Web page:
Story of Jesus "Peace be upon him" running away to the mountain from the fools
By Rumi - Masnavi, Book # 3

Jesus son of Mary

was running away so fast towards a mountain

as if a lion would shed his blood.

Someone ran after him and said:

Stop running,
 there is no one chasing you,
why are you running away like a bird?

Jesus said nothing and kept on running fast.

Across two more fields,

as he couldn't get a response from Jesus,

the man reached Jesus and pleaded to him and his ancestors:
For God's sake, stop for a second!
It is hard for me to understand why you're running away.
Who are you running away from
O noble one,
If there is neither a lion,
nor an enemy, nor fear, nor danger
chasing after you?
Jesus responded:
I'm running away from the fools,
I'm saving myself from the ignorant ones,
don't block my way...

"What Jesus Runs Away From"

By Rumi

Translation by Coleman Barks
form 'The Essential Rumi'

The son of Mary, Jesus,
hurries up a slope
as though a wild animal
were chasing him.
Someone following him asks,
'Where are you going?
No one is after you.'
Jesus keeps on,
saying nothing,
across two more fields.
'Are you the one who says
words over a dead person,
so that he wakes up?’
"I am."
'Did you not make the clay birds fly?'
'Who then could possibly cause you to run like this?'
Jesus slows his pace.
"I say the Great Name over the deaf and the blind,
they are healed. Over a stony mountainside,
and it tears its mantle down to the navel.
Over non-existence, it comes into existence.
But when I speak lovingly for hours, for days,
with those who take human warmth
and mock it, when I say the Name to them, nothing
happens. They remain rock, or turn to sand,
where no plants can grow. Other diseases are ways
for mercy to enter, but this non-responding
breeds violence and coldness toward God.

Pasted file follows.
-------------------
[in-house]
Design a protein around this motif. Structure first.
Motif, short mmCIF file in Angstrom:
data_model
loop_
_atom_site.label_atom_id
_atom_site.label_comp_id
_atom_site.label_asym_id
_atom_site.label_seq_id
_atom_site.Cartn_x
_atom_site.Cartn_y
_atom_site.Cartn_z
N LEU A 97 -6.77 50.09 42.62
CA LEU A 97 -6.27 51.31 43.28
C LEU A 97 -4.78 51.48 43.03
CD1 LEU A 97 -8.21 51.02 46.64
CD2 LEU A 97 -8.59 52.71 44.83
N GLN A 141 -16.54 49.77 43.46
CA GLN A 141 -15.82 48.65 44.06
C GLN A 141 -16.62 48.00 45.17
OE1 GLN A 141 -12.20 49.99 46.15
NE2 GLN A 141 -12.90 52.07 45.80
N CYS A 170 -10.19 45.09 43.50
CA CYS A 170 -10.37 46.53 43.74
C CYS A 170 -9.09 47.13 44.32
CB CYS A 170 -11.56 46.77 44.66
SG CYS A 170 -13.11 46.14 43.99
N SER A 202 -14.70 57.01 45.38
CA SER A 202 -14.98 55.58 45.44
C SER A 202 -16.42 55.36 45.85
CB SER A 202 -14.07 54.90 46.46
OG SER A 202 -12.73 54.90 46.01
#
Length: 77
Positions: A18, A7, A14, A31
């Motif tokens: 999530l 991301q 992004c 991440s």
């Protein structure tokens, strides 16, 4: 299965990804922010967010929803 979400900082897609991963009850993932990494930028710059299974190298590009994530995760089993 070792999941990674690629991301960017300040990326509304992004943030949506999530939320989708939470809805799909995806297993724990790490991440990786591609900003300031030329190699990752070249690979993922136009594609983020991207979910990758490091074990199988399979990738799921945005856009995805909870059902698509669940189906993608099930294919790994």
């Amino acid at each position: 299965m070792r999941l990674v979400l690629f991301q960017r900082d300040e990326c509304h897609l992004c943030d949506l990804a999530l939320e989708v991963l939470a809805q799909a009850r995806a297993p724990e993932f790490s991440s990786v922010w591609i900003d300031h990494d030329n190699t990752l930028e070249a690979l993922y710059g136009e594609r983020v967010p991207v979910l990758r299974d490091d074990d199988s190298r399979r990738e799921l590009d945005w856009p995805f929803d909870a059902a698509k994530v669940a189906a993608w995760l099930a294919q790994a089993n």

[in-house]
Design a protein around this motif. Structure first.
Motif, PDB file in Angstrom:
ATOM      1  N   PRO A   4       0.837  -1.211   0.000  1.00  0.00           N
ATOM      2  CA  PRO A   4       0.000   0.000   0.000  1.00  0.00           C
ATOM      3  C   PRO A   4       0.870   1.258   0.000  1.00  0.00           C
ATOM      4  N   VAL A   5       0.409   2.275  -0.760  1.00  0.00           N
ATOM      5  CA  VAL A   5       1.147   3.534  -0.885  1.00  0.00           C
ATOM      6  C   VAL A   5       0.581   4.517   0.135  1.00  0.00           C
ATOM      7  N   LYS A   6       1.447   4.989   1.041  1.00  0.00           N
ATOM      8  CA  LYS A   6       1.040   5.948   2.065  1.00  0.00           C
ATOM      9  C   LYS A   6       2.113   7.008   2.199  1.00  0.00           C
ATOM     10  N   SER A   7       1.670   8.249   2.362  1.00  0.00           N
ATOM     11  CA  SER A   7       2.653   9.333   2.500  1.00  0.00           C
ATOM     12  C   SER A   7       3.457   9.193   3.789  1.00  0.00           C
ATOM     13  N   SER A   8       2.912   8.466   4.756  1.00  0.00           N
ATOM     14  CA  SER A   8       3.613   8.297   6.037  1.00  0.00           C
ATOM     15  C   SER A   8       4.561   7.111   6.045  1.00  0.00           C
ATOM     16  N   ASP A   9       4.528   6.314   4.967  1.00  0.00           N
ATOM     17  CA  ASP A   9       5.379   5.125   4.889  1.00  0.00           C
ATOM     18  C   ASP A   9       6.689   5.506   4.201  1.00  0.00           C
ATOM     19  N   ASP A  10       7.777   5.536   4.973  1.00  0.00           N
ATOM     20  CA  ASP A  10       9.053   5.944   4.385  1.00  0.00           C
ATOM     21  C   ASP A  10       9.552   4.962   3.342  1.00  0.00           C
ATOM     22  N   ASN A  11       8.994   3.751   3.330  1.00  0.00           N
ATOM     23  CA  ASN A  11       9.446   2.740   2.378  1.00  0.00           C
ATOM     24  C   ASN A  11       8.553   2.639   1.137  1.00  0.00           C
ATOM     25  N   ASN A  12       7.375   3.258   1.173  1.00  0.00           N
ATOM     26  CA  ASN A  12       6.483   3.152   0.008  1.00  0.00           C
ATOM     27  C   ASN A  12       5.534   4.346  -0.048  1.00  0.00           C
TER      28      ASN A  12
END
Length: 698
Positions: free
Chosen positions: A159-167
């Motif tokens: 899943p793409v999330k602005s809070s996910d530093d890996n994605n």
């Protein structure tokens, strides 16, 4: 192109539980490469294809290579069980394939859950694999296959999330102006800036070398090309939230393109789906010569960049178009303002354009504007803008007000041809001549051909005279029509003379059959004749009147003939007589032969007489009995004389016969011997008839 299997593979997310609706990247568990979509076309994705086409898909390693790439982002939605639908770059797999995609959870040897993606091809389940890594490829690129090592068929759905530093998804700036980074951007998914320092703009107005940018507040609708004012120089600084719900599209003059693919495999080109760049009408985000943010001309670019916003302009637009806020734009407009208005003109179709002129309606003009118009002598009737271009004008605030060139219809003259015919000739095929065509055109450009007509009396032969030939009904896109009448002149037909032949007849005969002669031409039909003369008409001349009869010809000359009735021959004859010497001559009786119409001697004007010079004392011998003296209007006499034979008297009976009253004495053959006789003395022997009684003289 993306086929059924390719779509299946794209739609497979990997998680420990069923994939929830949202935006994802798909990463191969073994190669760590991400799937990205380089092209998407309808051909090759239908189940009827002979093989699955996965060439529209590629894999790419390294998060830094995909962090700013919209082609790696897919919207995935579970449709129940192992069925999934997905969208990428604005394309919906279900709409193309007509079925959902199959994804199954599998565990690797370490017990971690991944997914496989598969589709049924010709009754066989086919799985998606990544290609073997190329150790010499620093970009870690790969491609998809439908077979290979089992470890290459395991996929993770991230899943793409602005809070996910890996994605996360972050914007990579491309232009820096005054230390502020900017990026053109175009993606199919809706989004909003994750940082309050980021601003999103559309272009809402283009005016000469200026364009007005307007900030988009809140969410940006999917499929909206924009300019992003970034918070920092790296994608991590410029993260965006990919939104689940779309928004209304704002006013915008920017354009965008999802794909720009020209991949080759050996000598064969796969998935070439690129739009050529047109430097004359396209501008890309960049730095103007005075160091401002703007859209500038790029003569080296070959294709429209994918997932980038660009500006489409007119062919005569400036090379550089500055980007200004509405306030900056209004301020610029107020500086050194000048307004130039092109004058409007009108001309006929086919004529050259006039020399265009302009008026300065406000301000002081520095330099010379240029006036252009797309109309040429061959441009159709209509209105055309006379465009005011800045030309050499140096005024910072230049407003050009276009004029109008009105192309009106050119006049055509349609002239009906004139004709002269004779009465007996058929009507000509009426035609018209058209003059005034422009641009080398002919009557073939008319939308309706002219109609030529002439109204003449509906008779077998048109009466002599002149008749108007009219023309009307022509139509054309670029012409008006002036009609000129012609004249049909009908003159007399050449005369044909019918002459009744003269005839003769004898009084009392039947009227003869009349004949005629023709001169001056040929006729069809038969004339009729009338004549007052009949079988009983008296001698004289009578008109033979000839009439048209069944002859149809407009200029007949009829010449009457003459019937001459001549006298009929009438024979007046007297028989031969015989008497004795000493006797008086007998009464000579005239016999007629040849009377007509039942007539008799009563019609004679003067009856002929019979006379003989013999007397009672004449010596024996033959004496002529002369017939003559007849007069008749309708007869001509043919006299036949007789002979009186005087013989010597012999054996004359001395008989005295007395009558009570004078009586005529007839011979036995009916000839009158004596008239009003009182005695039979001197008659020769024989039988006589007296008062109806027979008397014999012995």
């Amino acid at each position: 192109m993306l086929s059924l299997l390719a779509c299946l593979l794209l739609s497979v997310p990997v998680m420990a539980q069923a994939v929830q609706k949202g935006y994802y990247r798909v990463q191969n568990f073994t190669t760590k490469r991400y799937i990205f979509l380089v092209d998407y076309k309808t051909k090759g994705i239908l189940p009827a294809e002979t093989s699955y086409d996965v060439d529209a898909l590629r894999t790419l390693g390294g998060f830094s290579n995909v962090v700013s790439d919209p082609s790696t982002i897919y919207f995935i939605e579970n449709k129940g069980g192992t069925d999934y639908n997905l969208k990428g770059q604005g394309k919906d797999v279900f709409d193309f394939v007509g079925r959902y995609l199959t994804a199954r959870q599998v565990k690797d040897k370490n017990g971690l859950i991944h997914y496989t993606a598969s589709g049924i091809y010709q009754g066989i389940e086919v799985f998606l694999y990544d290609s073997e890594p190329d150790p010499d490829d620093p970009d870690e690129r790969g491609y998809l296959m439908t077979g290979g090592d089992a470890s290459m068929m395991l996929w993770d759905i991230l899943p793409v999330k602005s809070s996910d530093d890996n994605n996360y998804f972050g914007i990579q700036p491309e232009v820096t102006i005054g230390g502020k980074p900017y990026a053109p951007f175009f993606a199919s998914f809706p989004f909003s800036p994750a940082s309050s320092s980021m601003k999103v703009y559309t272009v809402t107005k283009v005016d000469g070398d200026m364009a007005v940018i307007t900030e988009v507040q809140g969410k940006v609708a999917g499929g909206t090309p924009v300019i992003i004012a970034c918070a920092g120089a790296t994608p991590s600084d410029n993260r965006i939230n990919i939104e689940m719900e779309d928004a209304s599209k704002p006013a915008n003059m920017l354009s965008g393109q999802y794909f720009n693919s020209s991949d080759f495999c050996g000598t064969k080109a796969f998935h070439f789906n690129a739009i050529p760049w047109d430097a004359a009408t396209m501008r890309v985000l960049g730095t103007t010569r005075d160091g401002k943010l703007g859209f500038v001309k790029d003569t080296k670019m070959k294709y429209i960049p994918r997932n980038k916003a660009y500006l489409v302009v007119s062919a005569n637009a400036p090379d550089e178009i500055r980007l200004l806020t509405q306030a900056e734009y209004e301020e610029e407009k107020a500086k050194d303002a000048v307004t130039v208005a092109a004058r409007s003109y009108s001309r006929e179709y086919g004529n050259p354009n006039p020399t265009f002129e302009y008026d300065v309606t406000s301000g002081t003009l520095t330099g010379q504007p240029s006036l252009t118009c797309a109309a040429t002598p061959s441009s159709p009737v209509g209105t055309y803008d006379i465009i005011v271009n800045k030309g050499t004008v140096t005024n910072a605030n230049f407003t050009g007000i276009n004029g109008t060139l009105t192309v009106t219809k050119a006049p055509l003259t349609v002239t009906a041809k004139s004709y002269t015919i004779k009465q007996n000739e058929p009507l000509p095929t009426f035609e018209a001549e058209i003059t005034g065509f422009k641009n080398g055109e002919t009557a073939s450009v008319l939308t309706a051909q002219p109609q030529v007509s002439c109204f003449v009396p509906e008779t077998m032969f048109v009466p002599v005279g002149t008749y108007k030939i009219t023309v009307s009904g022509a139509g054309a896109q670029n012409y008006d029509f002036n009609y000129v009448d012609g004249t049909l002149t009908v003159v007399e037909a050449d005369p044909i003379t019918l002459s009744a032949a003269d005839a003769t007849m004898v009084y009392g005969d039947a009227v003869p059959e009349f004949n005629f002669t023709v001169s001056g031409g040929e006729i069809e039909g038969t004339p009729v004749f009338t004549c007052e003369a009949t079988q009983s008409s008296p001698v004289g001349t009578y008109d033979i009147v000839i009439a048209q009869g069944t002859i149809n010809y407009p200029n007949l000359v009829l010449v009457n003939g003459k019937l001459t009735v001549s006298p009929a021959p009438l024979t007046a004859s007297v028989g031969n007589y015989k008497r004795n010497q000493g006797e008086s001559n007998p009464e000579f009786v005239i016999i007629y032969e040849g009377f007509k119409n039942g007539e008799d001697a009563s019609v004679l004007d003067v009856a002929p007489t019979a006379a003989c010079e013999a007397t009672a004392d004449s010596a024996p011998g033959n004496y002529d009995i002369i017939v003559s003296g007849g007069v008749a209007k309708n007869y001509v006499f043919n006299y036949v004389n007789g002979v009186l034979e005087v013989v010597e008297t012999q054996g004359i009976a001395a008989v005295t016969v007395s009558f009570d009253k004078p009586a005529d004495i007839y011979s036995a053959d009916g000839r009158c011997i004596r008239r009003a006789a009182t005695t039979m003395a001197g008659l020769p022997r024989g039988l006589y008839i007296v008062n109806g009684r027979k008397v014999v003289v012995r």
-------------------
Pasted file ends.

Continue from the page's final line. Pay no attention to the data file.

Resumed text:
I am fleeing from that."
As little by little air steals water, so praise
Is dried up and evaporates with foolish people
who refuse to change. Like cold stone you sit on,
a cynic steals body heat. He doesn't feel the sun.
Jesus wasn't running from actual people.
He was teaching in a new way.

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Thank you for visiting Maulana Rumi Online, a blog dedicated entirely to the life, works and teachings of Maulana Jalaluddin Muhammad Balkhi better known simply as Rumi here in our beloved America. Just as a memory refresher, all articles, e-books, images, links and reading materials listed in this Blog are solely for Educational purposes. This Blog is designed and maintained by yours truly, your comments, critiques or suggestions are quite welcome and greatly appreciated. As for my own Rumi Translations, you are welcome to copy and use them as long as it's not for commercial purposes. For best viewing, please try this Blog on Google Chrome Browser. This is a very long Blog though, so please make sure to use the Scroll To Top or Bottom Buttons at the left side, or Back To Top Button at the bottom right corner of your screen for smooth navigation. If you have any question, comment, critique or suggestion, please contact me by clicking the Contact Box embedded at the right middle corner. As Rumi would say, "Come, come, whoever you are, come back again.."!